20. Anterograde axonal transport and intercellular transfer of WGA-HRP in trigeminal-innervated sensory receptors of rat incisive papilla.

    Science.gov (United States)

    Chan, K Y; Byers, M R

    1985-04-08

    The ultrastructure and identification of WGA-HRP-labeled sensory receptors in the rat incisive papilla (the most anterior part of hard palate) were studied using semiserial thin sections. Various sensory receptors were organized according to three locations: dome region (ventral), chemosensory corpuscle region (medial to orifice of incisive canal), and lateral labium (apposing the incisive canal). In the dome region, the sensory receptors were localized in three sensory zones that were associated with surface ridges (one medial and two lateral). In each of these zones, intraepithelial receptor axons and Merkel receptors occurred in the epithelium, while simple unencapsulated corpuscles, glomerular-Meissner corpuscles, and incisive (encapsulated) corpuscles occurred in the lamina propria. In the chemosensory corpuscle region, chemosensory corpuscles and intraepithelial receptor axons were located in the epithelium, and incisive corpuscles were present in the lamina propria. In the lateral labium, only intraepithelial receptor axons were prominent. In all these sensory receptors, the preterminal axons and axon terminals were labeled with the tracer protein. In addition, some nonneuronal cells closely associated with the axon terminals were selectively labeled, e.g., terminal Schwann cells, lamellar Schwann cells, Merkel cells, corpuscular basal cells and chemosensory cells. Other adjacent cells were not labeled, e.g., unspecialized epithelial cells, capsular cells, corpuscular sustentacular cells, and fibroblasts. In both labeled axons and cells, WGA-HRP was incorporated into vesicles, tubules, and vacuolar organelles. The specific intercellular transfer of tracer protein may indicate trophic interactions between axon terminals and support cells in sensory receptors. The specific organization of multiple sensory receptors in the rat incisive papilla may provide a useful alternative system for studying somatosensory physiology.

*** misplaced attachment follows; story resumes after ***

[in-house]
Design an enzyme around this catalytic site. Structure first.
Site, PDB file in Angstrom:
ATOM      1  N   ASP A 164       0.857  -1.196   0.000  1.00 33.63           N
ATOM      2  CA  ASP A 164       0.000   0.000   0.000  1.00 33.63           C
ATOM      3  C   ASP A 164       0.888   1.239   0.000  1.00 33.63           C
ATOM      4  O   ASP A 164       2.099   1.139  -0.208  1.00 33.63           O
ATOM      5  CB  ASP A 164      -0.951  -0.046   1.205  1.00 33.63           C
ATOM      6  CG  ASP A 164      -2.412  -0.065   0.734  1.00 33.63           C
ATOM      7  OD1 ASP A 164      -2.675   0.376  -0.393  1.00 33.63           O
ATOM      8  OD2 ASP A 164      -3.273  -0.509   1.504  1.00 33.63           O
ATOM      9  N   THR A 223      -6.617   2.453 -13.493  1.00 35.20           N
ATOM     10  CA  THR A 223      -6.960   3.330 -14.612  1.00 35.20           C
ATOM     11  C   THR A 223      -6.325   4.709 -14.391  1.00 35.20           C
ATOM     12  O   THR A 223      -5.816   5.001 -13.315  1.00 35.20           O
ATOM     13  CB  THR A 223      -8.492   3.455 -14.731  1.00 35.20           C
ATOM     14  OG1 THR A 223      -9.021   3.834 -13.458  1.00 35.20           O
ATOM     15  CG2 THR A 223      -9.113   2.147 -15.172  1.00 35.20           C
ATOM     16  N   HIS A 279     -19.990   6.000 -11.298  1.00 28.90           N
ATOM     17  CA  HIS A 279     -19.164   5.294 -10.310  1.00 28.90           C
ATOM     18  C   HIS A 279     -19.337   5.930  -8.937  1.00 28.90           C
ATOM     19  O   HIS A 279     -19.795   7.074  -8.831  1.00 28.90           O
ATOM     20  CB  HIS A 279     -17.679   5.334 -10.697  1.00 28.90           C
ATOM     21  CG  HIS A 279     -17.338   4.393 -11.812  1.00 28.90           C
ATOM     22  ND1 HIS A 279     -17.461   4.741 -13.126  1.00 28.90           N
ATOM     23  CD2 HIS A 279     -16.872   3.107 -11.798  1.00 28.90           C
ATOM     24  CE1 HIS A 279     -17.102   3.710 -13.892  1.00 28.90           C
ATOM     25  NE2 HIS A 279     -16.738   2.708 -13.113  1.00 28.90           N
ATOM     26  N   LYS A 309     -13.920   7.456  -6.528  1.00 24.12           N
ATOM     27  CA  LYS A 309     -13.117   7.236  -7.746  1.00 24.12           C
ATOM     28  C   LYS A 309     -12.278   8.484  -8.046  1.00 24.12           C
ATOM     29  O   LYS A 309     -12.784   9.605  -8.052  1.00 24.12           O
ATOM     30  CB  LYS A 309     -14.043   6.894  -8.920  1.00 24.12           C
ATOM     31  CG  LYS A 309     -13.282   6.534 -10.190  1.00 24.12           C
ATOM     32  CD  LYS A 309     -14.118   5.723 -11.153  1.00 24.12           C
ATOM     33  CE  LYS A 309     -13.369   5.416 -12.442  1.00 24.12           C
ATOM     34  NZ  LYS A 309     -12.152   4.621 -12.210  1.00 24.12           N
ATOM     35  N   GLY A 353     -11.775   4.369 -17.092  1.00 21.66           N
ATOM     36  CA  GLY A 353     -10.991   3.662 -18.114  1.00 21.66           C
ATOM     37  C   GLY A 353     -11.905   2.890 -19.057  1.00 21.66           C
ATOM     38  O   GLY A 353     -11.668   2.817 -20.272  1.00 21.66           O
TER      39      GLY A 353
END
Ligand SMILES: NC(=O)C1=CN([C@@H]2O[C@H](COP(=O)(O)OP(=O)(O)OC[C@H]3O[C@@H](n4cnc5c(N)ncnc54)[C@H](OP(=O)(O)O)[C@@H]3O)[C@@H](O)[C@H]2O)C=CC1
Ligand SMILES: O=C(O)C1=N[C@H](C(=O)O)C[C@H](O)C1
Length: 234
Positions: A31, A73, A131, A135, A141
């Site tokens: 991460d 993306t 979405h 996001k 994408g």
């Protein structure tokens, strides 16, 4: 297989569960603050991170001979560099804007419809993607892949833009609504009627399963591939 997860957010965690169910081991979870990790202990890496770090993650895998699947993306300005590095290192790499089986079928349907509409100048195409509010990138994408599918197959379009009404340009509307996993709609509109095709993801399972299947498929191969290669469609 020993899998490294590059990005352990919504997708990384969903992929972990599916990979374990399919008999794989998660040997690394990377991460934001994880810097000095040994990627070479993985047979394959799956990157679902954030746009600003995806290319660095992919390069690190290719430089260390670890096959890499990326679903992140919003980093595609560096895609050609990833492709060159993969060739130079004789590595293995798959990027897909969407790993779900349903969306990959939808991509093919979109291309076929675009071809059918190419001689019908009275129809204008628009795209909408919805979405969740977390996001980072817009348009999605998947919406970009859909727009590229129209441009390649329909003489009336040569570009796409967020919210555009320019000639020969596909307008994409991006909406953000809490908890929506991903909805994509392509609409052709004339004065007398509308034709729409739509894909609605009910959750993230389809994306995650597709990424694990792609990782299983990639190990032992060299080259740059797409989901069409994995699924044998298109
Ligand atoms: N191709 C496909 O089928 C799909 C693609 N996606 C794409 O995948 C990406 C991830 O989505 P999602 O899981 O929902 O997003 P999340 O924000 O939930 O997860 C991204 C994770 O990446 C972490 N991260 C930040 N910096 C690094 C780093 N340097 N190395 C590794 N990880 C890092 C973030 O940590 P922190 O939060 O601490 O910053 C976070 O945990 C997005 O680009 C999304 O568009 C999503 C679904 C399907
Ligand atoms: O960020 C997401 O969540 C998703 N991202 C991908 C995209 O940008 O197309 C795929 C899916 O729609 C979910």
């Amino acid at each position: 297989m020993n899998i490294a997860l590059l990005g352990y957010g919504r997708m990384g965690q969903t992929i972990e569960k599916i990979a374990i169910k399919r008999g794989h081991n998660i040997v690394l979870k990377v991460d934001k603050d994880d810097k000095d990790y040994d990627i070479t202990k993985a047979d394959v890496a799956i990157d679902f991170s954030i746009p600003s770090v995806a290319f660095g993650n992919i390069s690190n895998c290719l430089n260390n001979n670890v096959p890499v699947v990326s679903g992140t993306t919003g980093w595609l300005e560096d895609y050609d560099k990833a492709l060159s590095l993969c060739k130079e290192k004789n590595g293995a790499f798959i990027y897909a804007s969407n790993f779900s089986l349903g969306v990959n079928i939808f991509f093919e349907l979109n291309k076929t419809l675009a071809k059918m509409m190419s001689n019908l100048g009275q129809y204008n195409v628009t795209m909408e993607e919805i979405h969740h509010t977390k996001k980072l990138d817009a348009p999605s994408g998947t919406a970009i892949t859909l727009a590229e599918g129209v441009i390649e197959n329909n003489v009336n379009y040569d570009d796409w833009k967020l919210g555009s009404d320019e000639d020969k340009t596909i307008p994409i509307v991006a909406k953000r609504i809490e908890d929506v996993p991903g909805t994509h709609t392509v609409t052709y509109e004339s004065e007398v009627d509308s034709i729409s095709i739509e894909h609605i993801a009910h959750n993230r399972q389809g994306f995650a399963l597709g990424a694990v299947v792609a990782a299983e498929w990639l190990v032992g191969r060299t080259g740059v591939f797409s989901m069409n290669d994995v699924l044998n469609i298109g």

1. Identification of high-level functional/system requirements for future civil transports

    Science.gov (United States)

    Swink, Jay R.; Goins, Richard T.

    1992-01-01

    In order to accommodate the rapid growth in commercial aviation throughout the remainder of this century, the Federal Aviation Administration (FAA) is faced with a formidable challenge to upgrade and/or modernize the National Airspace System (NAS) without compromising safety or efficiency. A recurring theme in both the Aviation System Capital Investment Plan (CIP), which has replaced the NAS Plan, and the new FAA Plan for Research, Engineering, and Development (RE&D) rely on the application of new technologies and a greater use of automation. Identifying the high-level functional and system impacts of such modernization efforts on future civil transport operational requirements, particularly in terms of cockpit functionality and information transfer, was the primary objective of this project. The FAA planning documents for the NAS of the 2005 era and beyond were surveyed; major aircraft functional capabilities and system components required for such an operating environment were identified. A hierarchical structured analysis of the information processing and flows emanating from such functional/system components were conducted and the results documented in graphical form depicting the relationships between functions and systems.